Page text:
[EM] WV, Margins wrap-up

MIKE OSSIPOFF nkklrp at hotmail.com
Thu Apr 19 22:13:52 PDT 2001

WV vs margins:

All along, I've been referring people to the electionmethods website
for the defensive strategy criteria that justify my method arguments.
I might as well restate it here: http://www.electionmethods.org

Two people have pointed out that, though margins has strategy
problems that wv doesn't have, it's also true that wv has possible
stratgegy temptations that margins doesn't have.

This isn't surprising. Gibbard & Satterthwaite demonstrated that
, with any method, there can be situations in which someone can
gain from strategy. So it's a matter of choosing which strategy
problems you want, and which you most want to avoid.

For instance, comparing wv's strategy situation with that of margins,
which causes a lesser-of-2-evils problem? Which causes a gross
majority rule violation? Answer: Margins.

Additionally, wv's strategic temptation to sincerely rank 2nd choice
equal to favorite only brings benefit in a natural circular tie.
Margins' strategy problems can result in truncation stealing the
election from a sincere CW.

When, in wv, you incerely rank unequally your equally-preferred
lower choices, you're falsifying preferences.

But falsifying a preference in that way is like half of an order-reversal. 
Both wv & margins have order-reversal as an offensive
strategy. Rob wanted a method that deters order-reversal better than
Margins does. Ok, the wv methods do. With the wv methods, simple
defensive truncation is all it takes to make offensive order-reversal
backfire badly. If offensive order-reversal ever began to be used,
people would soon know about it, and if some were sophisticated enough
to use it, others would be sophisticated enough to deter it.
It would be impossible to organize a jurisdiction-wide order-reversal
without others hearing about it. And using counterstrategy.
Offensive order-reversers would usually regret it very much. After
a few tries, they'd quit using it.

I claim that offensive order-reversal won't be used on a scale
sufficient to change the election result.

Thwarting order-reversal in Margins requires order-reversal. Thwarting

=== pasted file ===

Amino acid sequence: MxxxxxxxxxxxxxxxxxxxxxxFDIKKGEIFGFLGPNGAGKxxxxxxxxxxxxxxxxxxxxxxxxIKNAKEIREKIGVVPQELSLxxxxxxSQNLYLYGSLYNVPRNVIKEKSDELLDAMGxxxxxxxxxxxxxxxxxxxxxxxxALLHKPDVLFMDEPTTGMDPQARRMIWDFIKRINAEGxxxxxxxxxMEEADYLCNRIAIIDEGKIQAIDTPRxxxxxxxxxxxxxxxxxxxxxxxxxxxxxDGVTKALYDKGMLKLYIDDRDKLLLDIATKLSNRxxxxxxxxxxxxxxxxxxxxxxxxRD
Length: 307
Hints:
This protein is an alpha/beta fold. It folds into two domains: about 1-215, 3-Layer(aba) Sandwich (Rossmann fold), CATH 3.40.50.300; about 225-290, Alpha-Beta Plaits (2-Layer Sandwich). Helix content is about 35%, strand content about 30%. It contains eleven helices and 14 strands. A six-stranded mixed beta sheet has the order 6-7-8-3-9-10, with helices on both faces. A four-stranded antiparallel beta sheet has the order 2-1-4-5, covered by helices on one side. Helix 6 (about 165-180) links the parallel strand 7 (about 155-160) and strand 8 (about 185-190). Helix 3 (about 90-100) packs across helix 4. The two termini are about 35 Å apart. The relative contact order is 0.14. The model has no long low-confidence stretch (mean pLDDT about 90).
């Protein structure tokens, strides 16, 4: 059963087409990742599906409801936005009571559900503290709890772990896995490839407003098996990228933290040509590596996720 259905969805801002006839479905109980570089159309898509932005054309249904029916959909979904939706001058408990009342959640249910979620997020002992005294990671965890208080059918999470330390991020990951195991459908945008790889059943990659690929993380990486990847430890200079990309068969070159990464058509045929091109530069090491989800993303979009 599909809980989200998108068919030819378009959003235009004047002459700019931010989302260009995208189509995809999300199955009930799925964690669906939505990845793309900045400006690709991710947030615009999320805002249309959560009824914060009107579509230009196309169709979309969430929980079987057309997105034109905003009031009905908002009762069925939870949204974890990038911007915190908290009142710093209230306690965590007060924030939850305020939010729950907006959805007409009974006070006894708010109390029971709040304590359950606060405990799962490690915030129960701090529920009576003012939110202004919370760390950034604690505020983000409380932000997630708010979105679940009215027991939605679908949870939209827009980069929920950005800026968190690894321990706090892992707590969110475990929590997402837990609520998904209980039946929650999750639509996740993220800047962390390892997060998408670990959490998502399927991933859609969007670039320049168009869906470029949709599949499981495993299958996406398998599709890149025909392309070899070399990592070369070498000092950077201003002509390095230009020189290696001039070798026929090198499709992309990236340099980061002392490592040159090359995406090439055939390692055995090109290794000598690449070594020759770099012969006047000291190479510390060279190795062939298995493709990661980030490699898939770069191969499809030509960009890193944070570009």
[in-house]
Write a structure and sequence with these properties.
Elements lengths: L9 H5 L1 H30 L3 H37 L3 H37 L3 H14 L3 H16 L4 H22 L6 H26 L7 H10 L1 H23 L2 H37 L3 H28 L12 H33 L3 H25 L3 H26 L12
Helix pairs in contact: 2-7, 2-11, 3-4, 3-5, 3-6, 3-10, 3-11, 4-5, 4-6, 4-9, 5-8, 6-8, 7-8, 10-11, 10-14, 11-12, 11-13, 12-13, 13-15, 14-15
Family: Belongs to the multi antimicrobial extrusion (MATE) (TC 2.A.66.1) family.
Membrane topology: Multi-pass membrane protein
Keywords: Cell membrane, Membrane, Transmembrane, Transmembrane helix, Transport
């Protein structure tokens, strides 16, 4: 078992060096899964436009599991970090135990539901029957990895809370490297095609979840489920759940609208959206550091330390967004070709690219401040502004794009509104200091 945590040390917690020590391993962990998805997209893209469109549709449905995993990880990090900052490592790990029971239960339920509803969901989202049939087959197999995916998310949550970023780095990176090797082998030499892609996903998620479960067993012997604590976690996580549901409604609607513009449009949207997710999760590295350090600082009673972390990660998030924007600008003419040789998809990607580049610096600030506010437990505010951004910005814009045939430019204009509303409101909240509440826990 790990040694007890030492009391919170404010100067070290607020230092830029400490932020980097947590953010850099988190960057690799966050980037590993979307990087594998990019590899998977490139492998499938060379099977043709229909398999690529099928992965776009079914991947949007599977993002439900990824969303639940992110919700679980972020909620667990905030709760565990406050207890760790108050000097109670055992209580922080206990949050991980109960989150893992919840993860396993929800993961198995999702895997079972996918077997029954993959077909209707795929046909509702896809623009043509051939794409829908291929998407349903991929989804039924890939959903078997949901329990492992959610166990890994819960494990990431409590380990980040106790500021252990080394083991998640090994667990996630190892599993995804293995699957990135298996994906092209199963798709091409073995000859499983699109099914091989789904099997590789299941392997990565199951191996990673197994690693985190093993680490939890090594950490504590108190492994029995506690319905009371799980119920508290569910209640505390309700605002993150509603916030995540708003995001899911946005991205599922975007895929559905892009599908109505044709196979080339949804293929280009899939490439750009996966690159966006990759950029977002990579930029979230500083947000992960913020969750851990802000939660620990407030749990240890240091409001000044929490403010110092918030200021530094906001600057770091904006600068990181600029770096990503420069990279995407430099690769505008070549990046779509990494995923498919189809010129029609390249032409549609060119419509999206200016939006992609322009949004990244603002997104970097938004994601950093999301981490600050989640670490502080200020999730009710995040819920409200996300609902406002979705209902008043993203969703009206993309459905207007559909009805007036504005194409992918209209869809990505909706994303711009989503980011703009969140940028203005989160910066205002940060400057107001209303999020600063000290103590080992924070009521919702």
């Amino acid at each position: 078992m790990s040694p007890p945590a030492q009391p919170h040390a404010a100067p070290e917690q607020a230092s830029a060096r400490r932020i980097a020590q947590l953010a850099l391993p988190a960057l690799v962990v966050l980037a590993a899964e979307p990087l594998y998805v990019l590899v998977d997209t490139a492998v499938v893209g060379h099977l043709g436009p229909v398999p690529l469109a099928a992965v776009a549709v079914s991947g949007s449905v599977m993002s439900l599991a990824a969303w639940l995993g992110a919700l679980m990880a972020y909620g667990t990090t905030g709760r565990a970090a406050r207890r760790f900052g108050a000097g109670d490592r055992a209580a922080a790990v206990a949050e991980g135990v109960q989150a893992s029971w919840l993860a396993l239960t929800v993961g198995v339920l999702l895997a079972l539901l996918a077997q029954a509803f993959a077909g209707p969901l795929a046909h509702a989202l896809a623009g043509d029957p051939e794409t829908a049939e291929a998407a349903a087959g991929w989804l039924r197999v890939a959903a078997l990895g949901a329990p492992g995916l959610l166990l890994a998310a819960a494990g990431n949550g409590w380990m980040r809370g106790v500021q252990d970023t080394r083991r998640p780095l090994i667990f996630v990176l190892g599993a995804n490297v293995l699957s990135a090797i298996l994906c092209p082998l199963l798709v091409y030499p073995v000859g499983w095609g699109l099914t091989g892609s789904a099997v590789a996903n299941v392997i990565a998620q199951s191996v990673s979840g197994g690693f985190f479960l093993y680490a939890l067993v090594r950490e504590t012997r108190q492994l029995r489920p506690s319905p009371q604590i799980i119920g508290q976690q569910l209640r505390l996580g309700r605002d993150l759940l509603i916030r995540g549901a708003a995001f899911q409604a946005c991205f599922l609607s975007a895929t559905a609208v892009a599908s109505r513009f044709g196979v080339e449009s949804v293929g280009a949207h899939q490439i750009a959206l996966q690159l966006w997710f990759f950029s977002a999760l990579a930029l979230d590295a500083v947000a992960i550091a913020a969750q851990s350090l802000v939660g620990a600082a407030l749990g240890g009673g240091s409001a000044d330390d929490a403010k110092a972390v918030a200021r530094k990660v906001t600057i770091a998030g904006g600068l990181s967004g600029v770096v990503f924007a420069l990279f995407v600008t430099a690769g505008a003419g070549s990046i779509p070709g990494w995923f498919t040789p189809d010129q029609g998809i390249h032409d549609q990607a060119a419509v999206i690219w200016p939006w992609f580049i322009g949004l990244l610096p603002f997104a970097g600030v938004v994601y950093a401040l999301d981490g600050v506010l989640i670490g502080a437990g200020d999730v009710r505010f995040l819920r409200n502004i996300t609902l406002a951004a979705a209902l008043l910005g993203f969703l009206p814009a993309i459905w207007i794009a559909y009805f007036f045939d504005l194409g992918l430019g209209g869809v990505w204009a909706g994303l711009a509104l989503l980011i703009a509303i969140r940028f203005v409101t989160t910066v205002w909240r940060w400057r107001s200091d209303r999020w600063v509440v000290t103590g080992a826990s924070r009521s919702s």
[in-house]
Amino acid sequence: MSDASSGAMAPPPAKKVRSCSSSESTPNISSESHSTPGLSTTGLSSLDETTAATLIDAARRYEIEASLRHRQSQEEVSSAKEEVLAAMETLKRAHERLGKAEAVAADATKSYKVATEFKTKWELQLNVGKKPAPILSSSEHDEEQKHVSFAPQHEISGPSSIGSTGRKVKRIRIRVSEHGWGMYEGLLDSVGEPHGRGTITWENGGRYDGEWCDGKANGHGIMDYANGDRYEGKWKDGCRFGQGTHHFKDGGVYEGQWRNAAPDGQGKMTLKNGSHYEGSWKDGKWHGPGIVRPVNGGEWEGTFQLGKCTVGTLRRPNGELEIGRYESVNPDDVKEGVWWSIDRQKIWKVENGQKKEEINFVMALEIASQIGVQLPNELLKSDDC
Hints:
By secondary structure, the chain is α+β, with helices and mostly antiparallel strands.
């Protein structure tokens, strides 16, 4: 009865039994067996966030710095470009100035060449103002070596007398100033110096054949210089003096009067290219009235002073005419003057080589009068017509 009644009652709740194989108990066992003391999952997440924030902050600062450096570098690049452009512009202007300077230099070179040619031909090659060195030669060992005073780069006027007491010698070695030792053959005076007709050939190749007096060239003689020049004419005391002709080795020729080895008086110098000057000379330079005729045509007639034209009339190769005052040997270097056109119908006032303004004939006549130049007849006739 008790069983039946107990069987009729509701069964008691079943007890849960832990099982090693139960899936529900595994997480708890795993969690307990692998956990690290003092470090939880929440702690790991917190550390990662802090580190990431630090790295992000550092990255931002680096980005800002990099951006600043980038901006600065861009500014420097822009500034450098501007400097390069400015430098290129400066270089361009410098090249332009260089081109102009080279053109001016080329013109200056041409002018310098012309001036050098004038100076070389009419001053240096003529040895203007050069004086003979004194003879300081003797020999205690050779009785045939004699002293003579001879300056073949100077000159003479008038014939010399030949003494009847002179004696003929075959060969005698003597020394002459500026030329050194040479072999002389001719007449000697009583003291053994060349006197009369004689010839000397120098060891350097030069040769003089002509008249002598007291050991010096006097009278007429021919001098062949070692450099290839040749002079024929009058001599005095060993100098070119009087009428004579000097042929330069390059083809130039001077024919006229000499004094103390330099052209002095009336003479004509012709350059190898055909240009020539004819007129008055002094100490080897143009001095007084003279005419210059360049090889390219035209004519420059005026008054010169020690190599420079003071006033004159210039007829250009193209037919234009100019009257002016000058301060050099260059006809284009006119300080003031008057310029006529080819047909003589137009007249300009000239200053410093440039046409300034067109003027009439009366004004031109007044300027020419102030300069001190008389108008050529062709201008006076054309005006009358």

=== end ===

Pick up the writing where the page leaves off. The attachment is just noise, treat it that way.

truncation requires at least truncation. With wv, truncation thwarts
offensive order-reversal, and no one has to do anything to thwart
offensive truncation, because it can't steal the election from
a sincere CW or a member of the sincere Smith set, under the
plausible conditions described in SFC & GSFC.

The bottom-line of these strategy problems is: What kind of
strategy problems do they cause for you if someone else truncates
or order-reverses? Because truncation & order-reversal are the
only things that can threaten a CW in pairwise methods.

Ok, truncation causes no problem in wv, but it causes a problem
in Margins. In Margins, but not in wv, offensive order-reversal
requires order-reversal as a defense.

The strategy _needs_ that Margins imposes are the problem. The
unimportant strategy temptations that wv has aren't a problem.

In the poll whose balloting commences tomorrow, if you designate
a margins method, and if some people truncate, as I and many others
did in the previous poll, then there's a good chance that your
Margins method will, as a result, miss the sincere CW and
place your final Approval cutoff point lower than it should,
giving the election away to something that you like less than that
sincere CW.

Likewise, Margins can miss by giving one of your final Approval votes
to something outside the sincere Smith set, and less liked by you
than some member of that set, giving away the election to that less-liked 

Maybe you like Margins better for aesthetic reasons, because it
looks more symmetrical, but I suggest that, when you designate
a method for Voter's Choice, you consider which method is going to
miss and give away the election.

And then ask yourself if you'd want, for public elections, a
method that you don't want to designate in Voter's Choice.

Mike Ossipoff

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